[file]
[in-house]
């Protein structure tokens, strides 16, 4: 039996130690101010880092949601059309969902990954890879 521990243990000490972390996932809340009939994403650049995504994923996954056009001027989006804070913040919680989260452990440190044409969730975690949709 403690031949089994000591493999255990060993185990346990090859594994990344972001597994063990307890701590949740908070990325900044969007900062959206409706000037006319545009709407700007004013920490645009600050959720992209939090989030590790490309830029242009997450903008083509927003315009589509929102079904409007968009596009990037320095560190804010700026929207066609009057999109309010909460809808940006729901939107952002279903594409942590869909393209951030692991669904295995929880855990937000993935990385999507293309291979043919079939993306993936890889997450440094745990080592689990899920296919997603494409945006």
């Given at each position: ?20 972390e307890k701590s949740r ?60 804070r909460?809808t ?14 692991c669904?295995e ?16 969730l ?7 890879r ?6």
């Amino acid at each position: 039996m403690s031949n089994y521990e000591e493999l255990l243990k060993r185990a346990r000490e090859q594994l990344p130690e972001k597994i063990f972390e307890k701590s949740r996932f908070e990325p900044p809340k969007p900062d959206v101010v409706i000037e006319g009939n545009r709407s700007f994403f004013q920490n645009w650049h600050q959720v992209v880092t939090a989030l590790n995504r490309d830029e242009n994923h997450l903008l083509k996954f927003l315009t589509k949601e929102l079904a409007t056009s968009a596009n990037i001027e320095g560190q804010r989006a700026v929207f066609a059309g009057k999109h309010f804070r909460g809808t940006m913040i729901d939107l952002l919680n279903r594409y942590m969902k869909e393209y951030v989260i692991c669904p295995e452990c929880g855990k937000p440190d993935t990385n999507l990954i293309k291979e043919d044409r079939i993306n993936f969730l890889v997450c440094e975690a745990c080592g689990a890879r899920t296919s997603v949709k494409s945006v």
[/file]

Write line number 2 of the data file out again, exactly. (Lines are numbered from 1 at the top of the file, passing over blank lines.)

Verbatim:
């Protein structure tokens, strides 16, 4: 039996130690101010880092949601059309969902990954890879 521990243990000490972390996932809340009939994403650049995504994923996954056009001027989006804070913040919680989260452990440190044409969730975690949709 403690031949089994000591493999255990060993185990346990090859594994990344972001597994063990307890701590949740908070990325900044969007900062959206409706000037006319545009709407700007004013920490645009600050959720992209939090989030590790490309830029242009997450903008083509927003315009589509929102079904409007968009596009990037320095560190804010700026929207066609009057999109309010909460809808940006729901939107952002279903594409942590869909393209951030692991669904295995929880855990937000993935990385999507293309291979043919079939993306993936890889997450440094745990080592689990899920296919997603494409945006």